As the summer season begins to heat up, analysts agree that natural gas will be heavily leaned upon most to keep the country cool.
Forbes columnist Jude Clemente writes that across the U.S., gas could supply a record 40-43% of U.S. electricity this summer. He writes:
“Indeed, U.S. natural gas for electricity has continued to soar, at nearly 10,700 Bcf last year, a 16% rise from 2017 and easily the highest ever. Gas is expected to supply 37% of U.S. power this year, versus 27% just five years ago. Capacity wise, gas is sure to continue to surge its 45% share of the U.S. power system.”
Clemente points out that more than 60% of electric generating capacity installed in 2018 was fueled by natural gas. Additionally, coal and nuclear plants are retiring, and while growing, wind and solar are too intermittent, geography limited, and transmission short to compensate like natural gas can.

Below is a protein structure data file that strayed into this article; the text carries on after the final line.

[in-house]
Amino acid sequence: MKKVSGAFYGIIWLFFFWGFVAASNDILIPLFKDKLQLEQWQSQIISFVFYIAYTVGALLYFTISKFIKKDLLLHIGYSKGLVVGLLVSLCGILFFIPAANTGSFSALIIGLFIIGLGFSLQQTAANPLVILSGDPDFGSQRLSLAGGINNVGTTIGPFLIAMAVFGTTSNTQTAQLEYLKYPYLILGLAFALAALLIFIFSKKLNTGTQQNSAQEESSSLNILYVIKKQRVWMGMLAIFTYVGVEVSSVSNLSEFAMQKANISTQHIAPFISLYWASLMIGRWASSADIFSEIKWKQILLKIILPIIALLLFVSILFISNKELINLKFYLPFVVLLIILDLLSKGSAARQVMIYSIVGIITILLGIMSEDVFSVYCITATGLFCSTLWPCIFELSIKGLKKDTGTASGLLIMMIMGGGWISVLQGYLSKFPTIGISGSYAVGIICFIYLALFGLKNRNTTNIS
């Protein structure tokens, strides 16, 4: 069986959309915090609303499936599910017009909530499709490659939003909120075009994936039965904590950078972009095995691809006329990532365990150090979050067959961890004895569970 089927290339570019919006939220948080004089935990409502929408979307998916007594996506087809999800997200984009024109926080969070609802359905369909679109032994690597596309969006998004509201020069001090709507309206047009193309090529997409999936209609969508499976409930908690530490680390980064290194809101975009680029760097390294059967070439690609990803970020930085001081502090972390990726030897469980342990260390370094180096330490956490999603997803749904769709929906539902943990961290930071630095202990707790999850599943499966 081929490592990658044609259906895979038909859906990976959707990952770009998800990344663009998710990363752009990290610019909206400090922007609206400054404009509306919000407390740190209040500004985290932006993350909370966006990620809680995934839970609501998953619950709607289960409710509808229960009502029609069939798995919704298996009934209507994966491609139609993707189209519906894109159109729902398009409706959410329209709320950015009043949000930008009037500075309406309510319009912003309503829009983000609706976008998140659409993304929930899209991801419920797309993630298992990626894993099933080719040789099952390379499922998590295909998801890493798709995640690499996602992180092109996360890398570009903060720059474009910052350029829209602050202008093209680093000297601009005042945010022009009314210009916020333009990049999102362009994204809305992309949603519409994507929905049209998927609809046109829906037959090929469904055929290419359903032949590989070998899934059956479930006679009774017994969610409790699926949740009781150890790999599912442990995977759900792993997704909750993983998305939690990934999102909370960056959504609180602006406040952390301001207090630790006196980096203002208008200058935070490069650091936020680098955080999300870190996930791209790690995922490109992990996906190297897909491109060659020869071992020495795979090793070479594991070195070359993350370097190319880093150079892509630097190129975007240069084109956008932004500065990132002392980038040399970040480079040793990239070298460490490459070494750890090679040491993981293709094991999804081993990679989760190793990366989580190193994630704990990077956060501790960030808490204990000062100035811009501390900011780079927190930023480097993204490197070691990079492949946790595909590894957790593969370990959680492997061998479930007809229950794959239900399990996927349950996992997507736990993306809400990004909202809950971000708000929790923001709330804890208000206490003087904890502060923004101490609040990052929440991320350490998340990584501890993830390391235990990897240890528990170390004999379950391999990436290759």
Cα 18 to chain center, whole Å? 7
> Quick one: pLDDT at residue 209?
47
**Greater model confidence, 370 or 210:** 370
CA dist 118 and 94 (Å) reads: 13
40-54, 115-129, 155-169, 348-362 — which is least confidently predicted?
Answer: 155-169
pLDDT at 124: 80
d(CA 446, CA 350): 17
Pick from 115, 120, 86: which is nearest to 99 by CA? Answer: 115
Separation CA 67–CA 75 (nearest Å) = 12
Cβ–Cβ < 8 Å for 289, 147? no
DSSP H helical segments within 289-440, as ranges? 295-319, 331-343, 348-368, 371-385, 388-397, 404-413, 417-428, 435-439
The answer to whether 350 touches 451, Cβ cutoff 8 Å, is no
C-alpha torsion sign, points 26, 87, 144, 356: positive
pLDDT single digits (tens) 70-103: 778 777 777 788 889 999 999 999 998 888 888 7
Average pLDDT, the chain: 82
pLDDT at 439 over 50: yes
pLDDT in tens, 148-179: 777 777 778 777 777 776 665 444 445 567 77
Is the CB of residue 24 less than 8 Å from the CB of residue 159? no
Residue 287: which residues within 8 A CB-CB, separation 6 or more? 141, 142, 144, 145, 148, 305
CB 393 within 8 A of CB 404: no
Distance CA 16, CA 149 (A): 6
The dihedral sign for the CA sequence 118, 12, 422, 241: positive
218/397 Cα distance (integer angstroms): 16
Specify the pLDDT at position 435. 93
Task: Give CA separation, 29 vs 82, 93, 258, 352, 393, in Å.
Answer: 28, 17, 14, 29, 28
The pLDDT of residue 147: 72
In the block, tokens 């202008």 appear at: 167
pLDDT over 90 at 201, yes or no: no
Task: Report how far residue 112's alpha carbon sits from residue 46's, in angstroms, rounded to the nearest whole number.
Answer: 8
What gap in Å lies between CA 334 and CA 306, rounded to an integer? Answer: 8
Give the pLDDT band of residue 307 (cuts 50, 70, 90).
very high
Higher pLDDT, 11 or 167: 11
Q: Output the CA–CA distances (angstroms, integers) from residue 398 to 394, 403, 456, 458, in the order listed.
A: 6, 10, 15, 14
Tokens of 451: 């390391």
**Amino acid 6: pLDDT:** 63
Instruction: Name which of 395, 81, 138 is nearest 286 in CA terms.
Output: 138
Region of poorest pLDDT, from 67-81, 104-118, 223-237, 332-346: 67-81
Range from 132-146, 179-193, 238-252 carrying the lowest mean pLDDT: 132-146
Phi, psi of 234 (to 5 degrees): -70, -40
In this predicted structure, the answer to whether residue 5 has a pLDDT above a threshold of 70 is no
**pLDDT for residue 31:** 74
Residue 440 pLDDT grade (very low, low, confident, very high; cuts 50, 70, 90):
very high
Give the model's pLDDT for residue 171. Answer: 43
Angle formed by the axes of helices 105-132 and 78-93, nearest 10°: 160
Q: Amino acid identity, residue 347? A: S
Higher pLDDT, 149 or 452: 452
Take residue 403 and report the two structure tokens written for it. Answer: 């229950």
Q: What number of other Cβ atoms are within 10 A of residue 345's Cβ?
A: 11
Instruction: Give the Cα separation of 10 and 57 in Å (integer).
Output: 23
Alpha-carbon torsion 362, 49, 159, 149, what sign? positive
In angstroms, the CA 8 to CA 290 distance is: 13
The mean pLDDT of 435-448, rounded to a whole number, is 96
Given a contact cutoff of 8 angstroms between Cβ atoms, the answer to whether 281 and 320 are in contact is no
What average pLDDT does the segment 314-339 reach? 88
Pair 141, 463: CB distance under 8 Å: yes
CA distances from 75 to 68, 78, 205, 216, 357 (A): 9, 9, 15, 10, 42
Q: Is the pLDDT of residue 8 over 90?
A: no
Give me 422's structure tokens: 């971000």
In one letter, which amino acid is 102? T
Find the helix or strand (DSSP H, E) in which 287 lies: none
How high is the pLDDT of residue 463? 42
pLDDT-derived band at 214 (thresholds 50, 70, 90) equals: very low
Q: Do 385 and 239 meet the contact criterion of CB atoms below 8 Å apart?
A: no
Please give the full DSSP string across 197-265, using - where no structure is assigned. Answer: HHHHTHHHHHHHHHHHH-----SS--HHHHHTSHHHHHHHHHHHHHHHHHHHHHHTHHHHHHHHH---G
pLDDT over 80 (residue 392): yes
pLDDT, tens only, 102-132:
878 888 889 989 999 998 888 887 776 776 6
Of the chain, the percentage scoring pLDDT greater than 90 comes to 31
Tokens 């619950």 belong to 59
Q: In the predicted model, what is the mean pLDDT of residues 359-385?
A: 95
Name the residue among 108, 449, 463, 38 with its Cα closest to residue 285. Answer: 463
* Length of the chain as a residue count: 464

From 2019-2025 alone, EIA expects U.S. coal capacity to plummet nearly 25% to 176,000 MW, with nuclear falling 15% to 83,000 MW. In contrast, new combined cycle gas plants will grow capacity almost 30% to around 310,000 MW.
“Our hotter and hotter summers are therefore more and more becoming: ‘summers for natural gas.’ Ultimately, this shows why the anti-pipeline movement is so dangerous.”
Read the full column here.